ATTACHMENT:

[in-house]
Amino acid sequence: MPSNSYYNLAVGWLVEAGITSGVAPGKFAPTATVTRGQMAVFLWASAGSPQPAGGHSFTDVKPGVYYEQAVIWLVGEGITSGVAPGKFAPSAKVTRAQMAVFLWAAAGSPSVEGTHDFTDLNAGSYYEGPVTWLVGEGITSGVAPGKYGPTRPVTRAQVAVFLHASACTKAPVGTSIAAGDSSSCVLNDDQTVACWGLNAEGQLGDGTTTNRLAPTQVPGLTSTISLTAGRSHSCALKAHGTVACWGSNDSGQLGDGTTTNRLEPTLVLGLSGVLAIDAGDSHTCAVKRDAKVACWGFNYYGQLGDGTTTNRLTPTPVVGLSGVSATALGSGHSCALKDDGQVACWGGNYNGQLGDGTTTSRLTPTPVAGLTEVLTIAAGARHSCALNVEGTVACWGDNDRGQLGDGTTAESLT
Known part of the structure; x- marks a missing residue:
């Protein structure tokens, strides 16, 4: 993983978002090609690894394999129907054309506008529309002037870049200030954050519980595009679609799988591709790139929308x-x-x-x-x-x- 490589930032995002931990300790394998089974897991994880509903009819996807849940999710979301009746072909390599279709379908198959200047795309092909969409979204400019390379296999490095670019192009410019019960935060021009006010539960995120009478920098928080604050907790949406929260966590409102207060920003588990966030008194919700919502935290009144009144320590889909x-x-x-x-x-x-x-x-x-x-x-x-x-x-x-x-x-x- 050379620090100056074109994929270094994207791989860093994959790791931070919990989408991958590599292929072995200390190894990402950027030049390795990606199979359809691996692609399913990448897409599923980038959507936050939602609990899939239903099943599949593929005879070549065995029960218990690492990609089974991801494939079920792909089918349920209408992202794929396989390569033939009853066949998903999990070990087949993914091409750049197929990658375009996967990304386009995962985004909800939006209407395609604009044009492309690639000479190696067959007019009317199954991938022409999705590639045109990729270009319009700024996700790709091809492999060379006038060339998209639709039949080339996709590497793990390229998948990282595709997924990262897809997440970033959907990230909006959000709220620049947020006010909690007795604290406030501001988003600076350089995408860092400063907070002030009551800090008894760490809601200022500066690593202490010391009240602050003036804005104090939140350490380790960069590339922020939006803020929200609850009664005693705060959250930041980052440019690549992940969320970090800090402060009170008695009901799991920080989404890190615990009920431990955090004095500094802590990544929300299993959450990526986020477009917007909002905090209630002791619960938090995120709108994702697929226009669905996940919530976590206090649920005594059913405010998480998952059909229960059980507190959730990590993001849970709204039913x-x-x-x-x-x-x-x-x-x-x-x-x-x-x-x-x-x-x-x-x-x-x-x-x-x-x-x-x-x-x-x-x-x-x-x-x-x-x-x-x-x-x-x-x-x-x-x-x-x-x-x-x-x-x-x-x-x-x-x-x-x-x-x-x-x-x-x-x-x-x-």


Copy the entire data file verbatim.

[in-house]
Amino acid sequence: MPSNSYYNLAVGWLVEAGITSGVAPGKFAPTATVTRGQMAVFLWASAGSPQPAGGHSFTDVKPGVYYEQAVIWLVGEGITSGVAPGKFAPSAKVTRAQMAVFLWAAAGSPSVEGTHDFTDLNAGSYYEGPVTWLVGEGITSGVAPGKYGPTRPVTRAQVAVFLHASACTKAPVGTSIAAGDSSSCVLNDDQTVACWGLNAEGQLGDGTTTNRLAPTQVPGLTSTISLTAGRSHSCALKAHGTVACWGSNDSGQLGDGTTTNRLEPTLVLGLSGVLAIDAGDSHTCAVKRDAKVACWGFNYYGQLGDGTTTNRLTPTPVVGLSGVSATALGSGHSCALKDDGQVACWGGNYNGQLGDGTTTSRLTPTPVAGLTEVLTIAAGARHSCALNVEGTVACWGDNDRGQLGDGTTAESLT
Known part of the structure; x- marks a missing residue:
């Protein structure tokens, strides 16, 4: 993983978002090609690894394999129907054309506008529309002037870049200030954050519980595009679609799988591709790139929308x-x-x-x-x-x- 490589930032995002931990300790394998089974897991994880509903009819996807849940999710979301009746072909390599279709379908198959200047795309092909969409979204400019390379296999490095670019192009410019019960935060021009006010539960995120009478920098928080604050907790949406929260966590409102207060920003588990966030008194919700919502935290009144009144320590889909x-x-x-x-x-x-x-x-x-x-x-x-x-x-x-x-x-x- 050379620090100056074109994929270094994207791989860093994959790791931070919990989408991958590599292929072995200390190894990402950027030049390795990606199979359809691996692609399913990448897409599923980038959507936050939602609990899939239903099943599949593929005879070549065995029960218990690492990609089974991801494939079920792909089918349920209408992202794929396989390569033939009853066949998903999990070990087949993914091409750049197929990658375009996967990304386009995962985004909800939006209407395609604009044009492309690639000479190696067959007019009317199954991938022409999705590639045109990729270009319009700024996700790709091809492999060379006038060339998209639709039949080339996709590497793990390229998948990282595709997924990262897809997440970033959907990230909006959000709220620049947020006010909690007795604290406030501001988003600076350089995408860092400063907070002030009551800090008894760490809601200022500066690593202490010391009240602050003036804005104090939140350490380790960069590339922020939006803020929200609850009664005693705060959250930041980052440019690549992940969320970090800090402060009170008695009901799991920080989404890190615990009920431990955090004095500094802590990544929300299993959450990526986020477009917007909002905090209630002791619960938090995120709108994702697929226009669905996940919530976590206090649920005594059913405010998480998952059909229960059980507190959730990590993001849970709204039913x-x-x-x-x-x-x-x-x-x-x-x-x-x-x-x-x-x-x-x-x-x-x-x-x-x-x-x-x-x-x-x-x-x-x-x-x-x-x-x-x-x-x-x-x-x-x-x-x-x-x-x-x-x-x-x-x-x-x-x-x-x-x-x-x-x-x-x-x-x-x-």